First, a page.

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Government agencies adopt open source

State, cities see savings in sharing software

State and city governments, spearheaded by Massachusetts, are becoming the newest converts to the open source software movement.

The fledgling Government Open Code Collaborative, formed last year, has set up a nationwide repository for government software applications, hosted on a server at the Massachusetts Information Technology Division data center in Chelsea. The first "deposits" into the repository will be made this month by Massachusetts and Rhode Island agencies offering software freely available for other states to use.

Massachusetts chief information officer Peter J. Quinn, the collaborative's chairman, plans to detail these developments Wednesday at a breakfast held in conjunction with the LinuxWorld Conference & Expo, opening today in Boston's Hynes Veterans Memorial Convention Center. Quinn also will launch a national outreach campaign by the government collaborative, whose members now number 10 state agencies, five city agencies, and a state university department.

"The fundamental tenets of the open source community are around innovation and collaboration, and that's what we want to use it for," said Quinn, whose information technology division will deposit an open source "virtual law office" software program to helps state agencies procure outside legal services. "What we hope we get out of this is that people around the country will pick up on it and improve on it."

If the concept takes off, it eventually could save money and create better software for government agencies that share operations -- from registering motor vehicles to collecting taxes to issuing dog licenses -- with other agencies across the nation. Today, some agencies buy standardized proprietary software, while others contract with developers for custom software applications or develop them in-house. One persistent problem for government has been maintaining software programs no longer supported by the companies that developed them.

But the open source model also could create a new environment for software companies doing business with government agencies. In the future, they might have to develop products to open source standards that will be licensed to a state or city but be freely available for others to use or modify. Yet the larger pool of users potentially could create a new market for companies that maintain software applications, train software users, and provide security.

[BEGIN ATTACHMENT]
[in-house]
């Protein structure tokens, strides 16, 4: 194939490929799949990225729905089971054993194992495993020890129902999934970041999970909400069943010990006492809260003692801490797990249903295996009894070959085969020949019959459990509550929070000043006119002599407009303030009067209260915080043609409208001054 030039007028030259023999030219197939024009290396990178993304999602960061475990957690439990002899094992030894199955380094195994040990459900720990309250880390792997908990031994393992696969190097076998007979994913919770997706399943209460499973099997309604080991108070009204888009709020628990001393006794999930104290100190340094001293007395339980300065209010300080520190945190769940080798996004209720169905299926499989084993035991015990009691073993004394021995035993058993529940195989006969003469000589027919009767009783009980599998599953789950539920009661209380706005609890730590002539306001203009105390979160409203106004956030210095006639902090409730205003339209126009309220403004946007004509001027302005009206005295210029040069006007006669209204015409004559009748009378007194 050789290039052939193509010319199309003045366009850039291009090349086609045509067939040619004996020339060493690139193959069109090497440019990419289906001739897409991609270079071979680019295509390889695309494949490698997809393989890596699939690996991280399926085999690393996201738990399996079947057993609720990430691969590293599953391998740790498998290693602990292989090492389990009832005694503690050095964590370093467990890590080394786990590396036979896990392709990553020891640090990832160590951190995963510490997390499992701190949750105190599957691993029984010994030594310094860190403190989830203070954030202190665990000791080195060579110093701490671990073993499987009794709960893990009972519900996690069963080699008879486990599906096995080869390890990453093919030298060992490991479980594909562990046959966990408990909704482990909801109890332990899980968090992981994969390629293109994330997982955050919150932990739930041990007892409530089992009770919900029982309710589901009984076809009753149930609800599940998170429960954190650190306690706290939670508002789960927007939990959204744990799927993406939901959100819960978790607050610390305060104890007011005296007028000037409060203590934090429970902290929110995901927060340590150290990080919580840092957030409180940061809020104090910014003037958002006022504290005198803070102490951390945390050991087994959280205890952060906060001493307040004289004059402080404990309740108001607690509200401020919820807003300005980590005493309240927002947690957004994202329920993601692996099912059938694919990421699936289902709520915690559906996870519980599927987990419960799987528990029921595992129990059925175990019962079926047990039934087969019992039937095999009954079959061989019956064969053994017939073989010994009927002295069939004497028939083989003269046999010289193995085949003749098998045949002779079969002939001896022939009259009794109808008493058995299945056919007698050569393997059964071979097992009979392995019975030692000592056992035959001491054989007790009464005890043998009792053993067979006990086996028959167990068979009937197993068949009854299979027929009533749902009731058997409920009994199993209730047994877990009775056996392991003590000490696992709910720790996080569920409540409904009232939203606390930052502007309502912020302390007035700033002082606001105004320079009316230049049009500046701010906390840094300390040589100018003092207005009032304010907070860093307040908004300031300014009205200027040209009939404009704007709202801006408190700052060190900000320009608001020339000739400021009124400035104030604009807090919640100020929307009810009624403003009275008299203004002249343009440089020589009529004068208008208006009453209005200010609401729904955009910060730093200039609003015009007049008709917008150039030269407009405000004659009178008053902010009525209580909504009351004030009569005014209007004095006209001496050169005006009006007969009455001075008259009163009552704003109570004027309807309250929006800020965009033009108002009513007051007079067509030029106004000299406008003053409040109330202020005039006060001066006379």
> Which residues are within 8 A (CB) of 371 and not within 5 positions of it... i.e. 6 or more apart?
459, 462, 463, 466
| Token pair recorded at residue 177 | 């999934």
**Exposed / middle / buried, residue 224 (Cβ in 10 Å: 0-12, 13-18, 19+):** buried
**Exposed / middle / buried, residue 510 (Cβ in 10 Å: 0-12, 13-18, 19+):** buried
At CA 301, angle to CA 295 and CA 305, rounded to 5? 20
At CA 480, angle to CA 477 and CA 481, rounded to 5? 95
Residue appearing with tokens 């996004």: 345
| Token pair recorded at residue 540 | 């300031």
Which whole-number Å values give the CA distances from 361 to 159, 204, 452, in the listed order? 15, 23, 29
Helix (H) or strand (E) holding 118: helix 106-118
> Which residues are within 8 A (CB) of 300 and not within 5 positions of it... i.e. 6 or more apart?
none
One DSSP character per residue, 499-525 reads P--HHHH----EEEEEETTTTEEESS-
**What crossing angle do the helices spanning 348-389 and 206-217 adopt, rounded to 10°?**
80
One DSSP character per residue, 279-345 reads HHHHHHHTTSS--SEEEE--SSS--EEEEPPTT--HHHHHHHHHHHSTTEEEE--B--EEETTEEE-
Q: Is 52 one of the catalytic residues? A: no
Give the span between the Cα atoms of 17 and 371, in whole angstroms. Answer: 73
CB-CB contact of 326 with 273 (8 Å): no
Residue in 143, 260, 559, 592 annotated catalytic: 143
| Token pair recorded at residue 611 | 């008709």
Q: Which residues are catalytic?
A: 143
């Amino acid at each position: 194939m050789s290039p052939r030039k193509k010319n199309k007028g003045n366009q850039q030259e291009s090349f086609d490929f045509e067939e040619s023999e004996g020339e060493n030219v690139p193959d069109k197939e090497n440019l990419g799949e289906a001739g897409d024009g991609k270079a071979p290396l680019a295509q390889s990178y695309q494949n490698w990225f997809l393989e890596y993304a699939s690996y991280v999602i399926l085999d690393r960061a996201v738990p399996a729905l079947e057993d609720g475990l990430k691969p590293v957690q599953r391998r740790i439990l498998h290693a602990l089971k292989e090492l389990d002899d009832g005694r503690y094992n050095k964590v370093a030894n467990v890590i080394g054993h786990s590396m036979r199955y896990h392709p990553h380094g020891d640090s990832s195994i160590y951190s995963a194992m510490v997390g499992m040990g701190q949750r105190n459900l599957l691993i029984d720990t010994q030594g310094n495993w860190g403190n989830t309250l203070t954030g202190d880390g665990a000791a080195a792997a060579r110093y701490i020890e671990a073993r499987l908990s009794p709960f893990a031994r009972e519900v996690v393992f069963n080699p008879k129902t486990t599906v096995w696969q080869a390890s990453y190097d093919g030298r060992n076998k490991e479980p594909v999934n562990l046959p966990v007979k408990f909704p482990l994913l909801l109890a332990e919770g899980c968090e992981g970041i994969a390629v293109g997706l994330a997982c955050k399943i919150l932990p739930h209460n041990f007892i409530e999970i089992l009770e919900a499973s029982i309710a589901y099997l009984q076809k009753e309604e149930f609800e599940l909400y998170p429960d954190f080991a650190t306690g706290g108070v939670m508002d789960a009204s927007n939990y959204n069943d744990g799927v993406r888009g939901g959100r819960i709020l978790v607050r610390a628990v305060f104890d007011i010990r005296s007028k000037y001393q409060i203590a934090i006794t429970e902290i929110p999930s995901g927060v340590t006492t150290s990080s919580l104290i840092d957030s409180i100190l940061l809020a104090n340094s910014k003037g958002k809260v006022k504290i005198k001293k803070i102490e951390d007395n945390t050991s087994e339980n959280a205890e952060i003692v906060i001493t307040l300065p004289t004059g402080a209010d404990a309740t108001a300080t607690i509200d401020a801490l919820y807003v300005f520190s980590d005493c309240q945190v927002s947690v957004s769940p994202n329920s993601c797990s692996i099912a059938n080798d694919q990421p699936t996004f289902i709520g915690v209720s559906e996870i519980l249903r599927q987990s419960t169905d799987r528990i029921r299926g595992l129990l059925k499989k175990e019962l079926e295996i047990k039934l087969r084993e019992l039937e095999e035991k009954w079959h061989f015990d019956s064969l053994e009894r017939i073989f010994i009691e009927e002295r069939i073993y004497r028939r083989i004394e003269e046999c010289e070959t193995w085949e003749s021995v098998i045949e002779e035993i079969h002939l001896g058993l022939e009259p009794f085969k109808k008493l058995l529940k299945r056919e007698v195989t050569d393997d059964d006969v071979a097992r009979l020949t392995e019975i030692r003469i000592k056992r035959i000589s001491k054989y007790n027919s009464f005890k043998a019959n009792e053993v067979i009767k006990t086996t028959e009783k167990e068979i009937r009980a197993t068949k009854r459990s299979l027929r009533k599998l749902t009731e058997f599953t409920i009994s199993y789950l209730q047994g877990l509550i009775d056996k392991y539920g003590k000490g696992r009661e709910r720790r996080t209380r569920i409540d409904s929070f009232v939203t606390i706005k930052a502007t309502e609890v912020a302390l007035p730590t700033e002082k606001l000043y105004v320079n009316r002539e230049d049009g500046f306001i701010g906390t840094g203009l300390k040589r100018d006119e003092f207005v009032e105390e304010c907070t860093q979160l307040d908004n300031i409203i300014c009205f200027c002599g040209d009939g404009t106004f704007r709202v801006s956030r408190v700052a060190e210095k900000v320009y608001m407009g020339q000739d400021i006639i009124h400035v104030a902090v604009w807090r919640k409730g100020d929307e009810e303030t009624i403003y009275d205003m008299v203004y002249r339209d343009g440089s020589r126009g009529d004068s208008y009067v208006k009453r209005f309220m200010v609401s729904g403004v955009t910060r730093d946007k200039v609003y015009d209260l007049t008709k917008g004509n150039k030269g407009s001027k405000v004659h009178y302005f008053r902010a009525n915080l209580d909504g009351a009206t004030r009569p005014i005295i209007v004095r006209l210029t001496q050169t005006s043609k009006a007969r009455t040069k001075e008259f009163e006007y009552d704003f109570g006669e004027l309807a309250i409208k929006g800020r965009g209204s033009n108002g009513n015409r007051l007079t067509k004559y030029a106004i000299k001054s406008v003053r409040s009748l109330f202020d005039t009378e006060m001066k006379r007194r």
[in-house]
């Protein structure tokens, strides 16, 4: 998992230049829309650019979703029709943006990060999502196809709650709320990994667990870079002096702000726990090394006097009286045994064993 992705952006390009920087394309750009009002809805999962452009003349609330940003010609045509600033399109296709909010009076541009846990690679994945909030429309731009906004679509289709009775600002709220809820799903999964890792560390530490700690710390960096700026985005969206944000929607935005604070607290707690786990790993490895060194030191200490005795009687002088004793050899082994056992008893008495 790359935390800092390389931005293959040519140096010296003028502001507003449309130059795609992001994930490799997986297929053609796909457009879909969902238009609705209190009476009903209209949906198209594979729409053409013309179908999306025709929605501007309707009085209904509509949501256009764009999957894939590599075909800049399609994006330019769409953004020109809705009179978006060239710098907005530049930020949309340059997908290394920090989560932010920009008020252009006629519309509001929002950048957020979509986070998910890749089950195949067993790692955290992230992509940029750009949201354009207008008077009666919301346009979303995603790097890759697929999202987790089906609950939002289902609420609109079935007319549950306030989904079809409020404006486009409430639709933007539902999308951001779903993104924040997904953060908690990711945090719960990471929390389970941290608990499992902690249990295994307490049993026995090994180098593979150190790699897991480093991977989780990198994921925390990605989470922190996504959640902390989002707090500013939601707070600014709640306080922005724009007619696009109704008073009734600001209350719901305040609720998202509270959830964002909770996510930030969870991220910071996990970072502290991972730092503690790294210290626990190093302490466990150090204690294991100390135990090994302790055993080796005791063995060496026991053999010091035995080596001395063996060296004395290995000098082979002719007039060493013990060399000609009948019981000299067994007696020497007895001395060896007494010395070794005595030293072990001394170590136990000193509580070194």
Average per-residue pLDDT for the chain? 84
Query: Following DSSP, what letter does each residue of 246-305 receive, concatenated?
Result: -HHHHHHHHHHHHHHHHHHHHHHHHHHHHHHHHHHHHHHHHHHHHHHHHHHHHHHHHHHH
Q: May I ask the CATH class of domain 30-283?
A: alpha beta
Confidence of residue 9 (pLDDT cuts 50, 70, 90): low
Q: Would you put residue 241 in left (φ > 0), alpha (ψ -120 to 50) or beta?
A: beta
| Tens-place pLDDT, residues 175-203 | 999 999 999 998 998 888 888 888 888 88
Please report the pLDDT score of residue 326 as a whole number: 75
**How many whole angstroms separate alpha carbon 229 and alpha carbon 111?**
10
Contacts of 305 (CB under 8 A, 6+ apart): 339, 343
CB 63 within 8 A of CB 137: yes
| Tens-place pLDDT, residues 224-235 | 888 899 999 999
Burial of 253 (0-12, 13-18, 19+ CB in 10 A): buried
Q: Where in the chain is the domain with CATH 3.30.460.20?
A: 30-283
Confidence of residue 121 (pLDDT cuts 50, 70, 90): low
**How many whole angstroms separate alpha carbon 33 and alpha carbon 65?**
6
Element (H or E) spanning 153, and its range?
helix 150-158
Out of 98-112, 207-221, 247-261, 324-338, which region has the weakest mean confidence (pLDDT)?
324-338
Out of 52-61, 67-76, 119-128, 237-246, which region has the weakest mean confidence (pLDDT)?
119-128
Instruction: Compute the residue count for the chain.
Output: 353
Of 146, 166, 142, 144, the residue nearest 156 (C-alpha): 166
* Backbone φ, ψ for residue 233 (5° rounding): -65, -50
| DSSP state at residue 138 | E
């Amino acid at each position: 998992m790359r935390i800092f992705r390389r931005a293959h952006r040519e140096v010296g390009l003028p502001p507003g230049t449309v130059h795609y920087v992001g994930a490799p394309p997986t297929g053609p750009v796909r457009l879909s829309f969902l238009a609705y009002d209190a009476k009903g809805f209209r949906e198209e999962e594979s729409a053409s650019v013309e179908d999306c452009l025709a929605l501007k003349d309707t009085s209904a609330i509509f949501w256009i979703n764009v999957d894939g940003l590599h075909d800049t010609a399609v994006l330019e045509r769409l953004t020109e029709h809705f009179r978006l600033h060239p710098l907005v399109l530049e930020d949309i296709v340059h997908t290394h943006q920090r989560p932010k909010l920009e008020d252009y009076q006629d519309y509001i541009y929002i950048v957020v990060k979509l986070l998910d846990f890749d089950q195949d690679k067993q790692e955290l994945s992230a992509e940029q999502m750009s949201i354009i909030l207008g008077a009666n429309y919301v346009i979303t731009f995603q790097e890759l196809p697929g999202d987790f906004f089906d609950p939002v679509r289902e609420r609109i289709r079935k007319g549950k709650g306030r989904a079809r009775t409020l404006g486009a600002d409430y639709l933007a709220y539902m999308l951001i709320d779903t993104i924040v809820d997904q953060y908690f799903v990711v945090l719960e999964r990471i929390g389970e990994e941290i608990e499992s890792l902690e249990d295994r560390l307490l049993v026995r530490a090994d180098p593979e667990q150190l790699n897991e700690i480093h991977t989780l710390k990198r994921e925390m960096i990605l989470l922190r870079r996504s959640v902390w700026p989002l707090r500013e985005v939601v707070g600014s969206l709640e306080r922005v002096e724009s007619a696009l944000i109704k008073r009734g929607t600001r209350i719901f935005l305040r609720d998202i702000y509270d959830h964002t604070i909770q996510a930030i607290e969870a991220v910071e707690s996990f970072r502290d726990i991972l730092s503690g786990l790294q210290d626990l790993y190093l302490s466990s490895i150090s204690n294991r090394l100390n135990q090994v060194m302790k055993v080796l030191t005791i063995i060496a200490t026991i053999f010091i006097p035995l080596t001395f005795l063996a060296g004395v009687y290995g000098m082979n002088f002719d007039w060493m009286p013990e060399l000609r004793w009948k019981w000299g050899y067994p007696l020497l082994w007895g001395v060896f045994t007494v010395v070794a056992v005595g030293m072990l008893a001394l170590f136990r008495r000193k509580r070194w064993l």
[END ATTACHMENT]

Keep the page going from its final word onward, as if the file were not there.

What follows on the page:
"It's a new ecology," suggested Dan Bricklin, a Newton software developer and consultant who sits on a Massachusetts state advisory committee for the open code project. "And I think the thing that scares some people is that they built their business around a different ecology."

But Bricklin said the collaborative is a recognition "that software is as important to the workings of government as bridges, water, and sewers."

The future model for companies jockeying for business in the government market may, in fact, resemble that of some of the Linux distributors, like Novell Inc. of Waltham and Red Hat Inc. of Raleigh, N.C., that will be represented at LinuxWorld this week.

Rather than license their software, in the manner of proprietary companies like Microsoft Corp. or Oracle Corp., such companies sell "subscriptions" of upgrade and technical support services for their free software distributions of the Linux open source operating system. Novell also markets "up-the-stack" proprietary tools, such as messaging and collaboration, that run on top of Linux as well as its own Netware system and other platforms. Novell is set this week to announce the shipping of OES, its open enterprise server software providing networking services to businesses and other enterprises.

"The open source movement is commoditizing things as it goes," said Jack L. Messman, chairman and chief executive of Novell. "It's commoditized the operating system, it's starting to commoditize the data base. So we have to continue moving up the stack."

Government offices are the latest arena for open source software, a movement launched two decades ago by Boston area hackers and hobbyists irked by the domination of proprietary software companies. In the past decade, the Linux operating system has gained momentum within the business world, embraced by technology giants like IBM Corp. and Hewlett-Packard Development Co. Businesses are heavily represented among the 7,000 people who have registered for LinuxWorld, which is being held in Boston for the first time.

In addition to the virtual law office, the Massachusetts Information Technology Division is planning to deposit into the new repository software for mapping geography and topography, and network management software that interrogates computers and other devices on a network to make sure they're working. The secretary of state's office in Rhode Island, meanwhile, is planning to deposit software for registering lobbyists, giving public notice of open meetings, and providing public access to constantly updated state government data.

Such software applications can be withdrawn and used by anyone, though only agencies signed onto the collaborative can make deposits or have a say in the direction of the collaborative.

Among its current members are the Pennsylvania office of information technology, the Utah governor's office, the West Virginia treasurer's office, the City of Worcester, the City of Newport News, Va., and the University of North Carolina's school of government. The collaborative doesn't yet include federal or foreign agencies.

Robert Weisman can be reached at

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